Women also aren’t very confident. I’m not saying all women. I’m saying in general what we’ve found is that women do not own their authority the same way that men do. That’s the other thing is we also advocate that podcast editor. Anybody editing a podcast, take out those qualifiers. Women use the word ‘just’, “I’m not just a podcast producer or podcast editor. I am a podcast producer and podcast editor.” That’s the other piece, we want women to own their authority and bring awareness to that problem in the community and to podcasters.
I was talking to somebody that I met and I said, “What do you do?” The words that she said back to me were fascinating. She said, “I’m just a swimsuit designer.” No, you’re a swimsuit designer. I can’t design a swimsuit. I said, “The words that you used, showed me that you’re lacking confidence. How’s your business going?” She said, “It’s been growing over the years and very slowly.” I said, “Because if I wanted to buy a swimsuit from someone who said ‘just a swimsuit designer,’ I wouldn’t think you did great swimsuits.” That rocked her world. I do think that there is a lot of education that generally speaking women can use in the area of podcasting, can use with our language. It’s great that women can have a community like Just Busters.
Thank you so much. We try to make it valuable to the numbers. If you are a member, we host monthly webinars and we do meet-ups at conferences as well, which is a blast. We are very supported too by the greater podcasting community. If you haven’t been around a podcasting community, for the most part, they are loving and everybody’s rooting for you. We’ve got a lot of support on our mission, which is great.Podcasting is the ultimate form of networking, for sure. Click To Tweet
How can people find Just Podcasting and how can people find Just Busters?
That’s also on my website. It’s up on the menu. For Just Busters, you can get it at Facebook/groups/justbusters, and request to join. For Just Podcasting, it’s available on any app or you can go to JustPodcasting.com.
What advice might you have for people who have a podcast? I’m going to ask you two questions about this. One, maybe they don’t have a lot of audiences. Two, they want to monetize.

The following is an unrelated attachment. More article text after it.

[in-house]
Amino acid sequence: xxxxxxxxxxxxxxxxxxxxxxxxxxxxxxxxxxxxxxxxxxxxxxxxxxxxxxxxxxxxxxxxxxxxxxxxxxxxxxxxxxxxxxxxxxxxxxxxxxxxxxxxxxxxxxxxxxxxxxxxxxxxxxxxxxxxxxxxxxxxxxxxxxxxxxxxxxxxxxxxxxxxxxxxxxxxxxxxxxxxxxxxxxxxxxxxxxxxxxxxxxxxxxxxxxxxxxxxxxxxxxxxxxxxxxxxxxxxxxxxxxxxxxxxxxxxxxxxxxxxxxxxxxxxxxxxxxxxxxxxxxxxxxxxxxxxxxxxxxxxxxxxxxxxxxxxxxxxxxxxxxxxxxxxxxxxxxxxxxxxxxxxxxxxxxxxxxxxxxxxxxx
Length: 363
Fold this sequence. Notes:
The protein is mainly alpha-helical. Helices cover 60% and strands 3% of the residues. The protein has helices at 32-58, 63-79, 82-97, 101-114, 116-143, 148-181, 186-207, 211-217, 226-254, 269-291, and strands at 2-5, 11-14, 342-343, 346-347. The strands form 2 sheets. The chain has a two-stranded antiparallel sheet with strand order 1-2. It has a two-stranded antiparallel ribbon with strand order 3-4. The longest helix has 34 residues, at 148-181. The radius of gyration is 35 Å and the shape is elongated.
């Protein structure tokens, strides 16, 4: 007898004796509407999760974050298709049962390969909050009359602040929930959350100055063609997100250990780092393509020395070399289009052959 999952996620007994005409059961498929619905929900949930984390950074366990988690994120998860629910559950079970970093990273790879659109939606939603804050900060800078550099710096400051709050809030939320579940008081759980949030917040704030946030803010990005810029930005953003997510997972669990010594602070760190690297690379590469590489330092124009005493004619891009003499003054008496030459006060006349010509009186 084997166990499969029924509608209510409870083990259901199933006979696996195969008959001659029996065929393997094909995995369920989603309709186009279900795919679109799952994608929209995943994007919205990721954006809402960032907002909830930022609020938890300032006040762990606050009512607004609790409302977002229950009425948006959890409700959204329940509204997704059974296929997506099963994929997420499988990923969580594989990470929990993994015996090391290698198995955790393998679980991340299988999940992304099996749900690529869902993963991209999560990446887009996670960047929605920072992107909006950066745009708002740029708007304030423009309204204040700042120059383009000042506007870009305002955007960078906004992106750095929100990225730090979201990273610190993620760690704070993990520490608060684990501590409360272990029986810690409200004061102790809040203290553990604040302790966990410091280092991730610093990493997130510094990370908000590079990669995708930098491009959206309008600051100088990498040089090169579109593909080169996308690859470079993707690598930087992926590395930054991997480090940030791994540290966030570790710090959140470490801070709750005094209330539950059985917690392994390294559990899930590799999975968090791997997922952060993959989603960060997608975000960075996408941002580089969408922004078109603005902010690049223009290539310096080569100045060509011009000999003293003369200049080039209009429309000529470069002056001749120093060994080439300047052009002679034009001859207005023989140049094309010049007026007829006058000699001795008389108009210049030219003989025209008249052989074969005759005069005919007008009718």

If you want to build your audience, the first thing I would look at is what are you doing to build your audience? Are you waiting for them to come to you or are you seeking people out? Are you engaging specifically in the community that is your audience? Are you putting yourself out there? Can I click on your Facebook profile and see that you’re a podcaster? That’s a big step most people miss. It’s the same when I click on your Twitter profile and see that you have a podcast and have a link to that podcast. Those are the biggest things that I see podcasters not doing. You can’t build it and they will come. You have to get out there and engage people. You will have to spend a ton of time. Take an hour a day, get out into your community, talk about your podcast in a natural way.
If you have a podcast that addresses a particular question that somebody in your community has asked, let them know. Don’t spam people with your podcast link. Don’t do that. As far as monetizing goes, there are many ways to do it. I would use the community that you are in, the niche that you’re in and find businesses who would serve your audience essentially. Make relationships with those businesses. Find out who the decision-makers are on LinkedIn and put together a media kit about your podcast. Let them know that you have X amount of social media followers, X amount of downloads per episode. Also, let them know about the benefits of advertising on a podcast because those give businesses direct access to their target demographic. Podcasting converts into sales. I’ve read a study, I can’t remember where exactly. You get 30% more sales than radio and TV on a podcast. It’s a long-term thing because that content is on-demand forever. It’s not something that people will google while they’re listening and purchase a product. That would be my recommendation for monetization and it’s something most people miss.